Scientists have published an article in the journal Chem reporting the new discovery. Due to the creation of positively charged fluorescent dyes in a new class of materials (low-molecular-weight ion-insulating lattices — SMILES), the bright glow of the compound can be easily converted into a solid crystalline state. This progress breaks down a long-standing barrier to the formation of fluorescent solids, resulting in the brightest materials known.
These materials have potential applications in any technology that requires bright fluorescence or the development of optical properties, including solar harvesting and laser technology.
Although more than 100,000 different fluorescent dyes are currently available, almost none of them can be used to create solid optical materials. Colorants tend to undergo “quenching” when they become solid. This is because when colored materials are packed close together, the fluorescence intensity decreases.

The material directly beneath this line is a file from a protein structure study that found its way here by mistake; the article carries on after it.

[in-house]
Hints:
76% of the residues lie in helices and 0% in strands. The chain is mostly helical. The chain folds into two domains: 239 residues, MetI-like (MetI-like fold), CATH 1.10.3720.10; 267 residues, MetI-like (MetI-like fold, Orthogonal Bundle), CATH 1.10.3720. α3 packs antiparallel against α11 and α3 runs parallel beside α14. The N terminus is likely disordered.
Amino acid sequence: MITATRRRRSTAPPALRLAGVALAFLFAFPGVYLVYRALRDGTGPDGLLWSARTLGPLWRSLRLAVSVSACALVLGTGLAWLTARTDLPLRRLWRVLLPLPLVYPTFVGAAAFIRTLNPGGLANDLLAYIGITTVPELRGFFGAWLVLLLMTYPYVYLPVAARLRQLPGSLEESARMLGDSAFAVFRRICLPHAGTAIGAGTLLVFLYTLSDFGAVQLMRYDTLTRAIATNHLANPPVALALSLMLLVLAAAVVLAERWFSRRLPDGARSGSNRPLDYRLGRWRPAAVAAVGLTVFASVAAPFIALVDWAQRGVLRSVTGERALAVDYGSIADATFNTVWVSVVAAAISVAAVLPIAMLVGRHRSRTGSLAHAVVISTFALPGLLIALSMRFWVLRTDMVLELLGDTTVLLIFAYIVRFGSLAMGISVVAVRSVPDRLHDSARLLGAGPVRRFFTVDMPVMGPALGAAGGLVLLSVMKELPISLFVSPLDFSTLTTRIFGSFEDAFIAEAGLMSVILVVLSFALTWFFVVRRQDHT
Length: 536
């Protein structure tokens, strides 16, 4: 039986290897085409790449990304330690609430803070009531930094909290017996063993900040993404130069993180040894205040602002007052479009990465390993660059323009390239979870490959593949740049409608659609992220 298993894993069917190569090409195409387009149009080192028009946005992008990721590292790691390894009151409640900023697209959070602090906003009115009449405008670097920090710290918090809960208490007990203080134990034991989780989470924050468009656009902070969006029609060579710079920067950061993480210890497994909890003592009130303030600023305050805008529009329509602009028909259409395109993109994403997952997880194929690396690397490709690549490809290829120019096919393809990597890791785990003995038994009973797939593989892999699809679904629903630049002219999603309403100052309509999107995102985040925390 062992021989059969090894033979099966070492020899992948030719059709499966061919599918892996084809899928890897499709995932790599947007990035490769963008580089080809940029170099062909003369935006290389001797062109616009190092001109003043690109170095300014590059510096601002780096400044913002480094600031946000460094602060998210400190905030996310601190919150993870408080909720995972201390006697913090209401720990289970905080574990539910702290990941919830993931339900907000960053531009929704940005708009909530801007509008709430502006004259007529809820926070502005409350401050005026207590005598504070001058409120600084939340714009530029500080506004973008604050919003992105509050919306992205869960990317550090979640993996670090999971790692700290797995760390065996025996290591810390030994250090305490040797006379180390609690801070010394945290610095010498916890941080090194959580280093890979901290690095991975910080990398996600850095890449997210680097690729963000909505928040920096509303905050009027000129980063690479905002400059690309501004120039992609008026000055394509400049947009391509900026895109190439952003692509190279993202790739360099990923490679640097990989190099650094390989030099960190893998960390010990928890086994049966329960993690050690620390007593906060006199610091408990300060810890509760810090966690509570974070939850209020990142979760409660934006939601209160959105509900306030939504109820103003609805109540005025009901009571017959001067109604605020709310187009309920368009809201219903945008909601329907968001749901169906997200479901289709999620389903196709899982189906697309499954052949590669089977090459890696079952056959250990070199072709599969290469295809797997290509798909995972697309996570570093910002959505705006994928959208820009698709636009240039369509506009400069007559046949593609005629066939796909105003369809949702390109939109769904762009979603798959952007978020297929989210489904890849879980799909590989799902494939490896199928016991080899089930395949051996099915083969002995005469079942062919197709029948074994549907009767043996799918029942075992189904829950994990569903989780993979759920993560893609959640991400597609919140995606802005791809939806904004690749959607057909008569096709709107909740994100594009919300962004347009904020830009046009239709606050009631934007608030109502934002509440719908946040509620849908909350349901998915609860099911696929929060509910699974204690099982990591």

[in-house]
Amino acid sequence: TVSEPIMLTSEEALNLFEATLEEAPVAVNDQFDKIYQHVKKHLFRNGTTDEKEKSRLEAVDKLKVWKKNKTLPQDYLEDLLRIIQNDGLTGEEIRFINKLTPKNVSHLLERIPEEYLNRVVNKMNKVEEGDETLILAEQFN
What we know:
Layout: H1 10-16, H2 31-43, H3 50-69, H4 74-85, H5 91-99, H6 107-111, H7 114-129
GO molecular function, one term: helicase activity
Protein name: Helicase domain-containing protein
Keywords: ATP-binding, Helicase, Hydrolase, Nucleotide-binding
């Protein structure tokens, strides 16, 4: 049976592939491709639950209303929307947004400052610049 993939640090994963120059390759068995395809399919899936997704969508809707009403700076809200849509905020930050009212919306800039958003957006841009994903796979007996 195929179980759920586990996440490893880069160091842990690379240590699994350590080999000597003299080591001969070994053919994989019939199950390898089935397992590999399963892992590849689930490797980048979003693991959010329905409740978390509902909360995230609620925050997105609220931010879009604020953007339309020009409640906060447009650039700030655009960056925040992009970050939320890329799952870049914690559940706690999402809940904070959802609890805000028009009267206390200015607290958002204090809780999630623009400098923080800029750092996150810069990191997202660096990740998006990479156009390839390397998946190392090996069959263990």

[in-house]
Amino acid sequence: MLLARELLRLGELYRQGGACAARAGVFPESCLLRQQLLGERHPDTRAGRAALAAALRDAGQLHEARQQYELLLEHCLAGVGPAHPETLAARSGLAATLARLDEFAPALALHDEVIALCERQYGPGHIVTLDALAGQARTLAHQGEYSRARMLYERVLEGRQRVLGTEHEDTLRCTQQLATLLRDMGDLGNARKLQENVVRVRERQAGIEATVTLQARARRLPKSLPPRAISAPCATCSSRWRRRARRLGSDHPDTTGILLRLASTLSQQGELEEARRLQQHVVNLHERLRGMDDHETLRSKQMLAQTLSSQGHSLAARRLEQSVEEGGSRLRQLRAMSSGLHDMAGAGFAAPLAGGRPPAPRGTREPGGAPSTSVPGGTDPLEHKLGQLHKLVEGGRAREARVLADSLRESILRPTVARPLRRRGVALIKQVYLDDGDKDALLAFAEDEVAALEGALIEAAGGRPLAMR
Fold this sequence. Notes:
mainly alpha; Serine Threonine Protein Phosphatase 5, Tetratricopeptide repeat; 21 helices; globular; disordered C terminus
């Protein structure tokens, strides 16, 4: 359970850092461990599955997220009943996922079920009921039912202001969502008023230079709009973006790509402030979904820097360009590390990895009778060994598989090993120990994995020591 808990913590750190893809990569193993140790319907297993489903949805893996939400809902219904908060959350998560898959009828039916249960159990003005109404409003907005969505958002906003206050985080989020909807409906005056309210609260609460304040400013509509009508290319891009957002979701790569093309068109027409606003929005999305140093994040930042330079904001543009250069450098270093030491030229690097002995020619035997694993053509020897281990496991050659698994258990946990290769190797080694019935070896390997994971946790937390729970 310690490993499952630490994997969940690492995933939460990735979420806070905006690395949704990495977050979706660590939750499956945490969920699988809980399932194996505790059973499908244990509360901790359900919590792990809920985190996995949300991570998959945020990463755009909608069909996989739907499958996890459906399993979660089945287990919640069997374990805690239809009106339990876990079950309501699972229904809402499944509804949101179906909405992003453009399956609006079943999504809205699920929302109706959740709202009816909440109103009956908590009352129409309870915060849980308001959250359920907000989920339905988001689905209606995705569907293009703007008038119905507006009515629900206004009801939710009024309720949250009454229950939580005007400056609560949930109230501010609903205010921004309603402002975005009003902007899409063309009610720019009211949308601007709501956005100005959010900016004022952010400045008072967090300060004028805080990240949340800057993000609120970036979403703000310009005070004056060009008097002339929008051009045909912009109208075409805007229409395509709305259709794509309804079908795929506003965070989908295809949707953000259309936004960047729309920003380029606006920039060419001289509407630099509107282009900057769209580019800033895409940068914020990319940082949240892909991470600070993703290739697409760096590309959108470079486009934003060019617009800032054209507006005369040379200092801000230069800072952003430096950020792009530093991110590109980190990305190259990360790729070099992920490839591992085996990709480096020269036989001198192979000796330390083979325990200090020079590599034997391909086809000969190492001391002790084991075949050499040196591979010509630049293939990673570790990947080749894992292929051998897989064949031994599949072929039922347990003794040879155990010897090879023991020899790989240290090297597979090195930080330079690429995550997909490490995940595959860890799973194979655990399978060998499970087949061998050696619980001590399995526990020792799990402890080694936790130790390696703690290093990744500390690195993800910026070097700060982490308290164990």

To solve the problem, scientists mixed a colored dye with a colorless solution of cyanostar macrocyte molecules. While previous studies have already developed a macrocycle approach to diluting dyes, colored macrocycles have been used to accomplish this work.
The researchers plan to study the properties of fluorescent materials formed using this new technique, which will allow them to work with dye manufacturers in the future to realize the full potential of the materials in a variety of applications.